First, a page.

How Millennials Are Ruining the Workforce

At work, on the playing field, in the world of ideas, young folk aren’t content to take their turn at the bottom of the pile anymore. The results are frightening.

Illustration by Jason Raish

Illustration by Jason Raish

As a boomer, I have a special interest in millennials. It’s the same sort of interest I have in car wrecks: I don’t want to see what’s going on, but I can’t look away. Take, for instance, the cover story that Time magazine had a few months back about how millennials are raising their children. I didn’t read the article. I couldn’t, because the very first paragraph stopped me cold. Here it is, reproduced in full:

On a playground in San Francisco, 4-year-old Astral Defiance Hayes takes a stick and writes his name in the sand. His twin brother Defy Aster Hayes whizzes around their father.

The fact is, I don’t need to know anything more about how millennials are parenting than that two of them thought it was a great idea to name their twin boys Astral Defiance and Defy Aster.

I mean: Who does that?

There are so very many boys’ names out there that aren’t Astral Defiance and Defy Aster. Old-fashioned names like Ezekiel and Joseph and Malachi. Newer names like Ryan and Marcus and Jack. Even names that are silly but super-popular right now and at least sound like names, like Jace and Jayden and Jaxon. Why would anyone hang a 50-ton albatross like Astral Defiance around his own child’s neck?

I can’t stop wondering how Astral Defiance and Defy Aster’s grandparents reacted when their offspring informed them of their new grandsons’ names. How would I react if my children told me they were doing something so rock-dumb? Would I be able to control my instinctive grimace of pain? I probably would, because every day at work, I get practice hiding my expressions of perplexity and disbelief at the odd things millennials do.

I was sitting just the other day at what we call, here in our office, “the newspaper table.” We call it that because it’s where, since time immemorial, our copies of the daily papers get placed each morning. I was paging through the New York Times when a passing intern paused. “What are you looking for?” she asked.

What was I looking for? “I’m reading the newspaper,” I told her.

“Oh,” she said.

I’ve never felt more old.

There’s an Ed Sheeran song lots of millennials are using for the first dance at their weddings. It’s a lovely song, except for this one line: “Darling, I will be loving you till we’re seventy.” Seventy! Seventy is the outside limit of the youthful imagination when it comes to age. Never mind that the average American now lives to be many years older than that — years, I suppose, that are loveless and forlorn. Fifty, 60, 70 — it’s all the same, it’s old, it’s decrepit, it’s stupid, it has nothing to say or do that’s relevant.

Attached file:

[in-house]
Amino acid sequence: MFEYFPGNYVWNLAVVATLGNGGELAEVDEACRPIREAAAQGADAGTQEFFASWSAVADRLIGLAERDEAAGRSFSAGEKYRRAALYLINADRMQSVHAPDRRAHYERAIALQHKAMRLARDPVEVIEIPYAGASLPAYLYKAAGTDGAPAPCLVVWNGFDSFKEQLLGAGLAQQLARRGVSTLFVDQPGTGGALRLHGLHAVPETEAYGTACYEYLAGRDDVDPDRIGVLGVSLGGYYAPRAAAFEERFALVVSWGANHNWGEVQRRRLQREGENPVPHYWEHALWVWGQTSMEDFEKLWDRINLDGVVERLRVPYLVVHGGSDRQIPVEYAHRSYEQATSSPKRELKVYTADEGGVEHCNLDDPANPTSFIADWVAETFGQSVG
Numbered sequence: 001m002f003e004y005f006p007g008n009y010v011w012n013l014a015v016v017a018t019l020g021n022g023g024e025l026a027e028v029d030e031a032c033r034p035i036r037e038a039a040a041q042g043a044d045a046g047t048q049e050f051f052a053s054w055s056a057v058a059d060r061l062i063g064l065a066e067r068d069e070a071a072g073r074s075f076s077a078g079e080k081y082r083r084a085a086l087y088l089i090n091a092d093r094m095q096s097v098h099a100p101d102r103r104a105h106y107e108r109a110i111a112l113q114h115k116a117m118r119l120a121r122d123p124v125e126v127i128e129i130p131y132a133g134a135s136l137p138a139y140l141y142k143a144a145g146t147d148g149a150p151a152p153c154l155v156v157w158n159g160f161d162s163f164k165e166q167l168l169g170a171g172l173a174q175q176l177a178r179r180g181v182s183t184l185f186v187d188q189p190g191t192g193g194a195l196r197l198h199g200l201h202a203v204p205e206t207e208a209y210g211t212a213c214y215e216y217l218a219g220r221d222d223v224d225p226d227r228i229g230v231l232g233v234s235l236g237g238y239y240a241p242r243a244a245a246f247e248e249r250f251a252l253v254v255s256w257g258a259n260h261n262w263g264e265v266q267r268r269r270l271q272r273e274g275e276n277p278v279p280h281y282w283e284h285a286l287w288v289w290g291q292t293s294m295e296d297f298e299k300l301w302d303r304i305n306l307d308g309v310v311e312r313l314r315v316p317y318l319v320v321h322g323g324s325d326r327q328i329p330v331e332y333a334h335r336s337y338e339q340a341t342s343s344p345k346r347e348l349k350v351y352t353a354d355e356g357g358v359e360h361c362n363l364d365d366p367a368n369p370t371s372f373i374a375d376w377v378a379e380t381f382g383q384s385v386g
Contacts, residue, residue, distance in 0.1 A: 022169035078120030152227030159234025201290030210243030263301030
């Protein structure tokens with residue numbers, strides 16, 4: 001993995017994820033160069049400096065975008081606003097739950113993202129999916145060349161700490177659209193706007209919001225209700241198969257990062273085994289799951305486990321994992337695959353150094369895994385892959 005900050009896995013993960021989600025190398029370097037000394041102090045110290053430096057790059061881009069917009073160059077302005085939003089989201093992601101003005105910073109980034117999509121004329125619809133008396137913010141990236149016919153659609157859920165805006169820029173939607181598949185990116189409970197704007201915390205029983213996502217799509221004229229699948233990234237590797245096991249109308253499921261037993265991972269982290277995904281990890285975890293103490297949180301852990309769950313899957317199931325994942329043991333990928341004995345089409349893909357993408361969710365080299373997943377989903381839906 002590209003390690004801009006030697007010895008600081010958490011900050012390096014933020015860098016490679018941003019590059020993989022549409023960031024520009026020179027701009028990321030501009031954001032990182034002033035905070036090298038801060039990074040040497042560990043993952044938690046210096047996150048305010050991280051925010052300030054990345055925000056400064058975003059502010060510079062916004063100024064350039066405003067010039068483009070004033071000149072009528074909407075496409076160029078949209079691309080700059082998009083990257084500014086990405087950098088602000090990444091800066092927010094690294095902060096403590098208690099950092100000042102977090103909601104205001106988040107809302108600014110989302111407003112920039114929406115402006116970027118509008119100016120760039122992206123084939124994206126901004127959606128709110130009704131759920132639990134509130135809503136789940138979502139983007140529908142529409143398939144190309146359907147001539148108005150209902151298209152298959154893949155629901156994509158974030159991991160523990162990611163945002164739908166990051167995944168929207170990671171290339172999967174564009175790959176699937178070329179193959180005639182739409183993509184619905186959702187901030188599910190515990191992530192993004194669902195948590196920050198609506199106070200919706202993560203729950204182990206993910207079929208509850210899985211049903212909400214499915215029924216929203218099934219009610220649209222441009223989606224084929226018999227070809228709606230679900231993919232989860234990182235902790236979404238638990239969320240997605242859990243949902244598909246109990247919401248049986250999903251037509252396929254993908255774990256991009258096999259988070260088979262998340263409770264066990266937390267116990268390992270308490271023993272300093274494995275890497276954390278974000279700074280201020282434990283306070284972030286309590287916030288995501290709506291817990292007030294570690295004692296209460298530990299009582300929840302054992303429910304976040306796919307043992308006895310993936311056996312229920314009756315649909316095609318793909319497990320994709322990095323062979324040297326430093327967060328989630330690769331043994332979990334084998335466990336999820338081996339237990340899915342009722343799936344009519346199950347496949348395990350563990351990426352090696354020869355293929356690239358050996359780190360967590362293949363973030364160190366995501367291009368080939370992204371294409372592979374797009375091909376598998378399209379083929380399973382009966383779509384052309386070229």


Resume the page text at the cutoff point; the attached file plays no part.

Still, I believe the children are our future, so I try to be kind to them in spite of their obliviousness. It helps that I’m not the only one struggling to come to terms with millennials in the workplace. Philly Mag’s November cover package highlighted the pretzels that local companies are twisting themselves into to attract and keep younger workers. Forget about a salary and some health insurance. Kids today want “hardwood floors, greenery and sunlight,” gourmet staff breakfasts, “nap rooms,” ping-pong tables, slides, rooftop lounges and beer on tap. Floor plans are open, with no doors to close or etch titles into. “The modern workplace has got to be a lot more egalitarian,” advised Al West, chairman and CEO of SEI, the investment giant out in Oaks. “If you’ve got offices for more senior people, it creates a hierarchy and gets in the way.” When did “hierarchy” become a dirty word? Hierarchy is the way the world works.

Just look at nature. Young elks tilt at grizzled older elks, and older elks smack them into place. Wolf pups nip at their elders’ necks, and the elders bite back. It’s the same with humans. Baseball rookies get hazed; sorority pledges have to buy their big sisters lattes; new Army recruits get latrine duty. People who know more get to say more. People who don’t know squat are supposed to watch and learn.

But millennials, West notes, “want to be heard and appreciated.” You know what’s awkward from an elder’s standpoint? Being expected to listen to and appreciate people who haven’t earned that right. Consider, for example, John Lim, a senior at Swarthmore College and, until this past fall, a member of its baseball team. A recent article in the independent student newspaper the Phoenix noted that before Lim left the team, baseball was his life. Yet he quit playing the sport for Swarthmore because he reached this sad conclusion: “I think athletics is really bad for this campus. I really do.” And what, pray tell, has convinced him of this? Why, it’s the unfairness of the athlete-coach dialectic: “[T]he relationship on the field between the player and the coach,” he told the Phoenix, “is very much whatever the coach says, you do.” Whatever the coach says, you do. Oh, the humanity!

Can you imagine coaching an entire team made up of John Lims?